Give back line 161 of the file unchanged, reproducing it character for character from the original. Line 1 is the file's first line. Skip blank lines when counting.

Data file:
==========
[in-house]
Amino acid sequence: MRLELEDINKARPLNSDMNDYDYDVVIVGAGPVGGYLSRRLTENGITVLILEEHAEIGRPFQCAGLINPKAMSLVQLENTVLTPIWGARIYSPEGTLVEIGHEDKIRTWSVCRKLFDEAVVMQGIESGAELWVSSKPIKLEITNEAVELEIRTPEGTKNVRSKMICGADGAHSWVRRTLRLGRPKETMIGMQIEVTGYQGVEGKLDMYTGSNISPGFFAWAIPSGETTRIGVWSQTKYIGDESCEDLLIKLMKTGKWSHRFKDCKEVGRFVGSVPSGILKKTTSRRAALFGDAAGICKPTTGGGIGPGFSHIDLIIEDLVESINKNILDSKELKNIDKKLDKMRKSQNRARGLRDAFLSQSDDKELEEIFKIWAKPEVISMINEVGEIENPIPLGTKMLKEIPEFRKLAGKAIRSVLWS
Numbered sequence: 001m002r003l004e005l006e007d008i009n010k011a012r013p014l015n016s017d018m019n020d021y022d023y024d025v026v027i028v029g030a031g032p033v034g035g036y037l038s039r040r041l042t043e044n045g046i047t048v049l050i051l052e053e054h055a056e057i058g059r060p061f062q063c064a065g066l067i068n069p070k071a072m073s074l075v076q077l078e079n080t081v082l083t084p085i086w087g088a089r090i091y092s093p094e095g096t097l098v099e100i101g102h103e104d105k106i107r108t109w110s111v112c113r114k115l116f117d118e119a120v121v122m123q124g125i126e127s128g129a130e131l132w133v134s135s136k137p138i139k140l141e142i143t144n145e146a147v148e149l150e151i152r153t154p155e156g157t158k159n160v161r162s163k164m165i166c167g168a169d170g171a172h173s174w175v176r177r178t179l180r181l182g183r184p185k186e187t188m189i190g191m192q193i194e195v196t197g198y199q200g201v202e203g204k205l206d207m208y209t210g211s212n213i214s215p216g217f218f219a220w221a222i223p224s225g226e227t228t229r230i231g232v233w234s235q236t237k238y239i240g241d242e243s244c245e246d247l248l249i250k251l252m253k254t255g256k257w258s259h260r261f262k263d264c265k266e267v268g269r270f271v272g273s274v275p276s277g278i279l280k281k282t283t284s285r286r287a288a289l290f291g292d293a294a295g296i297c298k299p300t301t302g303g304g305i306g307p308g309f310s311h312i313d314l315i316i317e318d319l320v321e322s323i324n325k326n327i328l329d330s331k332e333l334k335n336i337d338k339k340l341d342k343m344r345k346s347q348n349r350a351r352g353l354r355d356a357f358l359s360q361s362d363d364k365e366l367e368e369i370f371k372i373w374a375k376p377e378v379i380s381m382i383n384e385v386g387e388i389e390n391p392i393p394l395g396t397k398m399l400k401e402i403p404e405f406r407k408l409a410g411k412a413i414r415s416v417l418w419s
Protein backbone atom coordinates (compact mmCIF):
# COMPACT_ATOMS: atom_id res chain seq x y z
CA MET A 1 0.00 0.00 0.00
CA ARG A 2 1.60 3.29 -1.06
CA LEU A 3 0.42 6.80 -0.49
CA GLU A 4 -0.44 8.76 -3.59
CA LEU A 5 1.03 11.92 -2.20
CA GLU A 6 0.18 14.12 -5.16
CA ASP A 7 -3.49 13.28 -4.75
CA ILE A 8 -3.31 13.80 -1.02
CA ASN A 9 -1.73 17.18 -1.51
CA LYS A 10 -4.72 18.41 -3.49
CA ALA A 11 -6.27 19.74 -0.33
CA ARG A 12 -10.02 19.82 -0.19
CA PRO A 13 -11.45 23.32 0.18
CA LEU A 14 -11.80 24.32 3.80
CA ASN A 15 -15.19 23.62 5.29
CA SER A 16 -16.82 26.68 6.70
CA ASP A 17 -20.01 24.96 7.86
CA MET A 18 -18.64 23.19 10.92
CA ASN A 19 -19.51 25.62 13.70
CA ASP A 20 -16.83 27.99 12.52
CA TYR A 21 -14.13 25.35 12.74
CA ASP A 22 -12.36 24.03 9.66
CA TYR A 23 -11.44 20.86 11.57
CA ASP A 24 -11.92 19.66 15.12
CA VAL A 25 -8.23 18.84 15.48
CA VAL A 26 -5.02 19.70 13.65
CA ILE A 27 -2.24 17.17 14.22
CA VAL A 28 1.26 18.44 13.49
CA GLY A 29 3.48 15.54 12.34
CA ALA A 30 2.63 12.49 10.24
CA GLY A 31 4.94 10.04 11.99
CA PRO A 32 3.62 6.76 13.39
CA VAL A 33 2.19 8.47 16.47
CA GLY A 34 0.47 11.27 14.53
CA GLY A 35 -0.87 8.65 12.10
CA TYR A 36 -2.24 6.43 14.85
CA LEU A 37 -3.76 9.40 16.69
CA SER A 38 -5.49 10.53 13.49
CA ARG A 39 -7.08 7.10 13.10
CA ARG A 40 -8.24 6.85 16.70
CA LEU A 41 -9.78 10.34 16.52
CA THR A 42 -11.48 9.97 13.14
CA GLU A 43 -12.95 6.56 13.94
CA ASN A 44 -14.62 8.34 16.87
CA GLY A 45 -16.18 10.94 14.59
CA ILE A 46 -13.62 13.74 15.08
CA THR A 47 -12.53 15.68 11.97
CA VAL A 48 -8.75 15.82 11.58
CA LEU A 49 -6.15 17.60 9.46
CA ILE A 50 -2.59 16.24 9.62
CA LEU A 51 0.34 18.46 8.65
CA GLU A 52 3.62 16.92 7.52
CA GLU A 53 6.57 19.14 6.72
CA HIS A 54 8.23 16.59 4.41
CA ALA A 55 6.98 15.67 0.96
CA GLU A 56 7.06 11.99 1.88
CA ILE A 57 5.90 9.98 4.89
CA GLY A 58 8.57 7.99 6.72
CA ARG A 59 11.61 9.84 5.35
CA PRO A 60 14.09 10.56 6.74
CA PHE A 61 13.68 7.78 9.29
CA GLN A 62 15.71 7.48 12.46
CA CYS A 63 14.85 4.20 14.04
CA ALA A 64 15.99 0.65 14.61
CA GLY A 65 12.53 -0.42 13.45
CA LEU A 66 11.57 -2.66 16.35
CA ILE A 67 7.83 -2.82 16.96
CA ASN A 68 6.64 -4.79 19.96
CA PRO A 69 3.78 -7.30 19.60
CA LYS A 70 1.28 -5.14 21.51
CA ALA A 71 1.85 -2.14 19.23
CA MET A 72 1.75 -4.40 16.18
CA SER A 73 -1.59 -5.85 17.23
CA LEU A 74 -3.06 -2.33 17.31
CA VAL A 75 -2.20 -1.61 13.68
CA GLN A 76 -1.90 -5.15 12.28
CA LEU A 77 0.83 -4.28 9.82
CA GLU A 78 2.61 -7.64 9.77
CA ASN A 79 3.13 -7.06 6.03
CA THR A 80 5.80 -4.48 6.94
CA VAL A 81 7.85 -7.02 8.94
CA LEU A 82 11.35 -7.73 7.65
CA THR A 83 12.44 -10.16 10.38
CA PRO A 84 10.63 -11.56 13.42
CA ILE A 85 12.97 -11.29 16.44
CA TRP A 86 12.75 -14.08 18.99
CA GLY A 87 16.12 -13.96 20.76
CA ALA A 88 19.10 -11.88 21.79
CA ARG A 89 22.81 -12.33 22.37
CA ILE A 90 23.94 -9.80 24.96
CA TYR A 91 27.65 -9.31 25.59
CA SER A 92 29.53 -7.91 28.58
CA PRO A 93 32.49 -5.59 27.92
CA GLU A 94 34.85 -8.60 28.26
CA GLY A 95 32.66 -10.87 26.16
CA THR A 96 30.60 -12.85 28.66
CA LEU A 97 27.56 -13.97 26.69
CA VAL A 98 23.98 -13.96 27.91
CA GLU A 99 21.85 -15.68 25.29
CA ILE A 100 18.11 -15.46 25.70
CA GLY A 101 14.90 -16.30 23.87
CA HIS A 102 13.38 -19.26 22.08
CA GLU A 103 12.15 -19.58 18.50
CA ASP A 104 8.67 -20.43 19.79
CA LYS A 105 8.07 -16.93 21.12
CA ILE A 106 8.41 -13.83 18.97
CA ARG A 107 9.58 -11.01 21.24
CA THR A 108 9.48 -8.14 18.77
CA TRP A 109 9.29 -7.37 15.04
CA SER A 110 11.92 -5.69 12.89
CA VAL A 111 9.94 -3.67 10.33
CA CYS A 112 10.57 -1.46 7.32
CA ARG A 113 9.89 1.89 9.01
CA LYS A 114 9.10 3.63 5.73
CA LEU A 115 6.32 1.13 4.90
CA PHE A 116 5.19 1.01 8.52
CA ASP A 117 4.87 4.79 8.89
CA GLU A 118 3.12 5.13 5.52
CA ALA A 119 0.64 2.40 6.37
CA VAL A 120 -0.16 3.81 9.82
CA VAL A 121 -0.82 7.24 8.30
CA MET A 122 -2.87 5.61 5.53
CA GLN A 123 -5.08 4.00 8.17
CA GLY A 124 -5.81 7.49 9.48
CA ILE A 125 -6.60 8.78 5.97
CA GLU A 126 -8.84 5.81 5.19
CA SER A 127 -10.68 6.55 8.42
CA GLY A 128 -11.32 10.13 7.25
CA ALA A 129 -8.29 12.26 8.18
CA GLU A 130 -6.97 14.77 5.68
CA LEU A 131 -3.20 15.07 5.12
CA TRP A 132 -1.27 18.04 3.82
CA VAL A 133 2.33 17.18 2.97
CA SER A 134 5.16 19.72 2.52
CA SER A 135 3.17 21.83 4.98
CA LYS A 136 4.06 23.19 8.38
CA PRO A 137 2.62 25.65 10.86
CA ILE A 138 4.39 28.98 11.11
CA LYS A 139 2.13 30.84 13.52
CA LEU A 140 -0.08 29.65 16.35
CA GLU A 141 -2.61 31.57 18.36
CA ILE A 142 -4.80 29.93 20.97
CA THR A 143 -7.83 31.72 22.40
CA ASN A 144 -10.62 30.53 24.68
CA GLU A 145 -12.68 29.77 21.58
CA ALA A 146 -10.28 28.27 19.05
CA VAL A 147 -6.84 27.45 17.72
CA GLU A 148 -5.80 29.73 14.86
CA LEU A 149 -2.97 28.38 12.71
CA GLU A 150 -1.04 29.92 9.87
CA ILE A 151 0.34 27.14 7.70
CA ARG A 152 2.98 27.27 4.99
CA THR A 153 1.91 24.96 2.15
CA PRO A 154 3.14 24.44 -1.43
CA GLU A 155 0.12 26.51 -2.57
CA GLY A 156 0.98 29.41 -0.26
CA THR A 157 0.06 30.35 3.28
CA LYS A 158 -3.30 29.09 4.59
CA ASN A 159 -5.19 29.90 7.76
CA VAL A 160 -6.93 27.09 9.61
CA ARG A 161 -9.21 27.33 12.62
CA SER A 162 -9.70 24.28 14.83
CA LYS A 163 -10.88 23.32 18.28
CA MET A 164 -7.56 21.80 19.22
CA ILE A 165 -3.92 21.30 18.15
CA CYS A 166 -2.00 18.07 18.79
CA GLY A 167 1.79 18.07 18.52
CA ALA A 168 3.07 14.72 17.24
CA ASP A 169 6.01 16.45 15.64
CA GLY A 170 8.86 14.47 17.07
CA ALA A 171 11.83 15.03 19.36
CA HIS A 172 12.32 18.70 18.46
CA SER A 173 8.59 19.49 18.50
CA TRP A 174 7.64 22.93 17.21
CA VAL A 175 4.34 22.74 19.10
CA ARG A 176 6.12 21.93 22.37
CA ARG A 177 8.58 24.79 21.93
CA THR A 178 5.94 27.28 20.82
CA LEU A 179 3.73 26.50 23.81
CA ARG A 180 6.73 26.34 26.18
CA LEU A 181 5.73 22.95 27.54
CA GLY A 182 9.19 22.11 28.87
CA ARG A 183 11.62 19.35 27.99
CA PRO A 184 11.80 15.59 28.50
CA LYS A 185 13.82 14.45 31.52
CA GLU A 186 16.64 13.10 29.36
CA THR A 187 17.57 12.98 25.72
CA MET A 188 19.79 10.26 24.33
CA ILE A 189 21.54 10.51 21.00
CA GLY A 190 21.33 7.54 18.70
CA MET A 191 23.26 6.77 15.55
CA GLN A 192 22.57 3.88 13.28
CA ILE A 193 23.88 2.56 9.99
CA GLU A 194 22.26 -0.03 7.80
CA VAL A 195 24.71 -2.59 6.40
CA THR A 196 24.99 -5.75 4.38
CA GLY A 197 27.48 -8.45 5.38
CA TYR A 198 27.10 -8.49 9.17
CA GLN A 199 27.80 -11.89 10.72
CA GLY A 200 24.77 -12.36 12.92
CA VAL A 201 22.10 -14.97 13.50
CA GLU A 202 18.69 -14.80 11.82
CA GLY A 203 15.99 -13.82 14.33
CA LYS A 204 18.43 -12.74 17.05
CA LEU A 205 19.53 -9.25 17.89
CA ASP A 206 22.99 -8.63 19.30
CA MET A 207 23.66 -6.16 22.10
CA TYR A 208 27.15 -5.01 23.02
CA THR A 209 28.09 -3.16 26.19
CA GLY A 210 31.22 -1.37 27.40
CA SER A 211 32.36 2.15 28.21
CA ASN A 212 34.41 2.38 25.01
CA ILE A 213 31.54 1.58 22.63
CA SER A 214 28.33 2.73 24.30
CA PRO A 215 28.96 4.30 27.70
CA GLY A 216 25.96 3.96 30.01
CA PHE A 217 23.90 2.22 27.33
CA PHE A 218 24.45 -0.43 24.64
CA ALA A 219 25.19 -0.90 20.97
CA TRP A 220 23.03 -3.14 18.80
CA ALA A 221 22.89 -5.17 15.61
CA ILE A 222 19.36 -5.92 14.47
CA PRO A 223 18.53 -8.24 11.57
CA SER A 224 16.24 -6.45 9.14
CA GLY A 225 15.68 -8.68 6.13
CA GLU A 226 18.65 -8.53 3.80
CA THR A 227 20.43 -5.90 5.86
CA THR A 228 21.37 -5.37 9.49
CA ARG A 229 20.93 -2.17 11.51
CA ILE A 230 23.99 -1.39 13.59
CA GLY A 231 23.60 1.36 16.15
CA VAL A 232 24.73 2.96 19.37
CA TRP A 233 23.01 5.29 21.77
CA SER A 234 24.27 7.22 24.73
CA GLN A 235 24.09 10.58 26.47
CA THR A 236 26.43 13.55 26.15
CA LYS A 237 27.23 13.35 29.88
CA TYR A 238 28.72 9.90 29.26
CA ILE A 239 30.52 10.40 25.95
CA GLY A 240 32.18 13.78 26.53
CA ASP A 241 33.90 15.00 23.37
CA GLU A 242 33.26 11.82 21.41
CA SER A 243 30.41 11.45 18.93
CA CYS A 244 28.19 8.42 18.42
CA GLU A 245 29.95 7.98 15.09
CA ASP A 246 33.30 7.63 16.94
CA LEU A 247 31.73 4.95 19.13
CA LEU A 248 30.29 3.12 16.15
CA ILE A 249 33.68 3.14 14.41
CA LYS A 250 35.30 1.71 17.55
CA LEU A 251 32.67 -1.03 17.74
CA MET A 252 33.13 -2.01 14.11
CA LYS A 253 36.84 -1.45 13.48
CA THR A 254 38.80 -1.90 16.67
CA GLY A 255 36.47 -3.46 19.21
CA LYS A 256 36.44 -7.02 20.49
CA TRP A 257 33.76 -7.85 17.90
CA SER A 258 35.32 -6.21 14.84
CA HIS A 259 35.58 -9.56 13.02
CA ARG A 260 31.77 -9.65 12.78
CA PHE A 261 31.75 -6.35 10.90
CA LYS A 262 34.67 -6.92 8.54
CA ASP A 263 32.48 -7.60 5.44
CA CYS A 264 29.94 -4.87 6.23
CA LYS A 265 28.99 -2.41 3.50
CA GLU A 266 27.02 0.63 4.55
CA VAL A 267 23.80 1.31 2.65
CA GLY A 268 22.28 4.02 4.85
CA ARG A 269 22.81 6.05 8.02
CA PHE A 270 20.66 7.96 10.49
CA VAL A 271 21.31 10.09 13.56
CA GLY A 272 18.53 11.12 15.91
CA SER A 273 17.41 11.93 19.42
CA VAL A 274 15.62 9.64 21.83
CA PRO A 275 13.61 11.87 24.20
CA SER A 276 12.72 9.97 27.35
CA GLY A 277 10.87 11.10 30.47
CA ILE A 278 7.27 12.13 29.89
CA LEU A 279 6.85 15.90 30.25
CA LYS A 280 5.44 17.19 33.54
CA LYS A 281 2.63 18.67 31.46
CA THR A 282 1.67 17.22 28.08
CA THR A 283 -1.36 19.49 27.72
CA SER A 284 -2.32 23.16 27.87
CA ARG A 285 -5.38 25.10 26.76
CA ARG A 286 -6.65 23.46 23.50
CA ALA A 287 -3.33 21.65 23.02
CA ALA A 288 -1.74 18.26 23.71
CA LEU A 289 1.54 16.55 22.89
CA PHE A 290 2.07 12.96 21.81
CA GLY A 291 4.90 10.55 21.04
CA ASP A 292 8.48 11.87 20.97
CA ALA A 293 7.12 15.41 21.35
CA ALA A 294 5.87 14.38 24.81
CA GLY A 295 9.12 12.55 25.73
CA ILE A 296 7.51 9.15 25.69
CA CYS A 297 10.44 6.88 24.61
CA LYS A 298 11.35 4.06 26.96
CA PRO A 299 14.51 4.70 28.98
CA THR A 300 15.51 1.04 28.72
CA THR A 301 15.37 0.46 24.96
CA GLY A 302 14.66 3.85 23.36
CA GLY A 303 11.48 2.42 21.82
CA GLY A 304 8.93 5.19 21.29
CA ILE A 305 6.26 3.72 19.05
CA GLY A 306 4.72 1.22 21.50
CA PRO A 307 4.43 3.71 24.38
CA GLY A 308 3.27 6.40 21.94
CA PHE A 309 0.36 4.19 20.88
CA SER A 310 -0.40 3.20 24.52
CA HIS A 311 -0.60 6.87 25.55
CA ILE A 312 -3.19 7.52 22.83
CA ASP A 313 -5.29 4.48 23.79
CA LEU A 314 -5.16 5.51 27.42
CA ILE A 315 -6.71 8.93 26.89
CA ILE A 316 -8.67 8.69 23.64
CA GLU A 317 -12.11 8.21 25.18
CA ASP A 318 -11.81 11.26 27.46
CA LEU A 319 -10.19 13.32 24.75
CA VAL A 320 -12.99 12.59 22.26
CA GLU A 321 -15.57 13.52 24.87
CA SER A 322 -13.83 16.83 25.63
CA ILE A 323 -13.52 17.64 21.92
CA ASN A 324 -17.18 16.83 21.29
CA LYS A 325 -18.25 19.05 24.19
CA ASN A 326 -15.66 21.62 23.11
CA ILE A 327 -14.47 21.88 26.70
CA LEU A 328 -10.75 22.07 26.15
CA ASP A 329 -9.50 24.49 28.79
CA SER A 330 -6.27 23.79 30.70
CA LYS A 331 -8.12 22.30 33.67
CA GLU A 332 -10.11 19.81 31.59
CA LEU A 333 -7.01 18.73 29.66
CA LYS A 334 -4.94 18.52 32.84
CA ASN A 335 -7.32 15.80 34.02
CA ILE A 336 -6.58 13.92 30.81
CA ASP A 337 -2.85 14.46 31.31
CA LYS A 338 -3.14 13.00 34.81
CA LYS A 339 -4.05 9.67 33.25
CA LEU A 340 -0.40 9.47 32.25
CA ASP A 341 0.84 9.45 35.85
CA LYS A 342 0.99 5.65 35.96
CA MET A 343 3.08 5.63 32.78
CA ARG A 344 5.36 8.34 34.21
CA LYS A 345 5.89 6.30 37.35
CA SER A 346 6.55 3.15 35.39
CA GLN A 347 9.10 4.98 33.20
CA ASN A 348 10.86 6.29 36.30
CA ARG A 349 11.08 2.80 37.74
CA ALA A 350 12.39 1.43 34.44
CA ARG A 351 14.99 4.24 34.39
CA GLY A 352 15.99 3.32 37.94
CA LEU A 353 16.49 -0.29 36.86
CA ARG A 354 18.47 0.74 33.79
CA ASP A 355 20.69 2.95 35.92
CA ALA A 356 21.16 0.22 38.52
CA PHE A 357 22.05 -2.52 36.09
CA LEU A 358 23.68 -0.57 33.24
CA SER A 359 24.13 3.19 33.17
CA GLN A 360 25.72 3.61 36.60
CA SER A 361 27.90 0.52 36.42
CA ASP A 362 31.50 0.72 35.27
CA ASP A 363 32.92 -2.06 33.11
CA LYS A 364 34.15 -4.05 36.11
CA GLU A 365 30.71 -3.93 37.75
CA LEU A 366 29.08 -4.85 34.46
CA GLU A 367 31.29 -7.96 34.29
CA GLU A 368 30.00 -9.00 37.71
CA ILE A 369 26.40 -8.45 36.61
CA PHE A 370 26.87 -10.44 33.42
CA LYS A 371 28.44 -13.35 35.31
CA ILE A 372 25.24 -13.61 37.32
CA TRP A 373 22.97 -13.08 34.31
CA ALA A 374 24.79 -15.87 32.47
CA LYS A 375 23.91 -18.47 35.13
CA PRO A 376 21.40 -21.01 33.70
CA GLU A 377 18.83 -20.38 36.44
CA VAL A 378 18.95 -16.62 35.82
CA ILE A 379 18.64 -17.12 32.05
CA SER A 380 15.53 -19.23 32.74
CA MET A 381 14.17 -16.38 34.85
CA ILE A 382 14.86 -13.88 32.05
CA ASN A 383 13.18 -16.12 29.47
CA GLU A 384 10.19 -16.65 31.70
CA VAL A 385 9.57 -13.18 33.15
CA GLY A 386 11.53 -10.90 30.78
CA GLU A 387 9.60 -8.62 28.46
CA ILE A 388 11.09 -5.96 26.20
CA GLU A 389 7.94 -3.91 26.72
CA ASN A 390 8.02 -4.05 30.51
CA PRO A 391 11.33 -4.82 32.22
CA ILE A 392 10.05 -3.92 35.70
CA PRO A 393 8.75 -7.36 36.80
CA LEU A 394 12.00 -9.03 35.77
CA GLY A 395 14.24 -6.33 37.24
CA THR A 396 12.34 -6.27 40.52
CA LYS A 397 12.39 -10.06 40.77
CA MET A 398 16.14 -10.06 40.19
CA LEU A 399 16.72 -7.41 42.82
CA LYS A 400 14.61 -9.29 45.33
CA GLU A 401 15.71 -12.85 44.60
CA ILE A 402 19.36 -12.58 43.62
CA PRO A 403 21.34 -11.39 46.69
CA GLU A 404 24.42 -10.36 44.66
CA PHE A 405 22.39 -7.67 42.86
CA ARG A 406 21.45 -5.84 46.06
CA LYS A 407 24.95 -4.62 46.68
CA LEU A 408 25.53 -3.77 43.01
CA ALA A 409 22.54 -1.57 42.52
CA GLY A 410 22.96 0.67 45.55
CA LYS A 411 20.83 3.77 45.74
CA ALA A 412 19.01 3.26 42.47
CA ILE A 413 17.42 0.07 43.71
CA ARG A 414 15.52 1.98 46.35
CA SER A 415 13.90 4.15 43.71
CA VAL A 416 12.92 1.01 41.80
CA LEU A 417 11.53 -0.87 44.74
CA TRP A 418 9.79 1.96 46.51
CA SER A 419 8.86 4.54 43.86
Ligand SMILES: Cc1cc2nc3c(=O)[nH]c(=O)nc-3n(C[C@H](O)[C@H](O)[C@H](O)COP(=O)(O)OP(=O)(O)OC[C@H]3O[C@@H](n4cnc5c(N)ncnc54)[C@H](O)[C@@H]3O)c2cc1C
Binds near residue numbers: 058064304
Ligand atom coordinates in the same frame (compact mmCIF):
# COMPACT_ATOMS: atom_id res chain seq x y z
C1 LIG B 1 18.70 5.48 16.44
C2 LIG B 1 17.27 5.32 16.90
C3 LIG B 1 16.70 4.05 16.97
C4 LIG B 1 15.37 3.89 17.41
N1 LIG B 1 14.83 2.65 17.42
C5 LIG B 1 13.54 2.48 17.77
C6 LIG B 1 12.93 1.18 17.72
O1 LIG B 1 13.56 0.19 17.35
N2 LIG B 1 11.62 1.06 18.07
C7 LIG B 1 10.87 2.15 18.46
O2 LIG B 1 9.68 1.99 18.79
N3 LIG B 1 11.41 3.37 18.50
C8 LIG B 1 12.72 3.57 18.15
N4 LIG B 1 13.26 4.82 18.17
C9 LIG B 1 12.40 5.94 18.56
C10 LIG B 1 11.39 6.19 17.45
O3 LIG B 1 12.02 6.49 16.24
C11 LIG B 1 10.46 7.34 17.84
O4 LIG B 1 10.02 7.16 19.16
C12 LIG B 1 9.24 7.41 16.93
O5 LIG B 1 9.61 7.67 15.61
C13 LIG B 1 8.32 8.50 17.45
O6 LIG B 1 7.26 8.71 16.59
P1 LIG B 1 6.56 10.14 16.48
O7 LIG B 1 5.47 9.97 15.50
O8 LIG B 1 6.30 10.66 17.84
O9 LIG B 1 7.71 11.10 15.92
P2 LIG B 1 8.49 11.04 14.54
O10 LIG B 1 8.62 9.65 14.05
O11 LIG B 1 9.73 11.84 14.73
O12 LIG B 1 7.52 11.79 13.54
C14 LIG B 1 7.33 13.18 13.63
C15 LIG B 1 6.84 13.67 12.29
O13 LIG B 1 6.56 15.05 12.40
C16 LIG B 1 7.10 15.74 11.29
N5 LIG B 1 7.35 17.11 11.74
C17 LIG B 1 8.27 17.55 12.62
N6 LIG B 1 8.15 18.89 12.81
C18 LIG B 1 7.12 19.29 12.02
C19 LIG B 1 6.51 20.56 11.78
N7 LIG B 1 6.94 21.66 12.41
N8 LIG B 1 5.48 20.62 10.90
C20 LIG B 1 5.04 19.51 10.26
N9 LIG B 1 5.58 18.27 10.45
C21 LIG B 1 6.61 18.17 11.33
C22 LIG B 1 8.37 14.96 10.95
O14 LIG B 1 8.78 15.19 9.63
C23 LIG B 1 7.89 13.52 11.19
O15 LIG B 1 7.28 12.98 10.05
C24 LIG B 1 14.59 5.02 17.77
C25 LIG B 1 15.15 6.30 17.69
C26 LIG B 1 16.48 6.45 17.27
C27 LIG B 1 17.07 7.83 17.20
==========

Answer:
CA GLY A 156 0.98 29.41 -0.26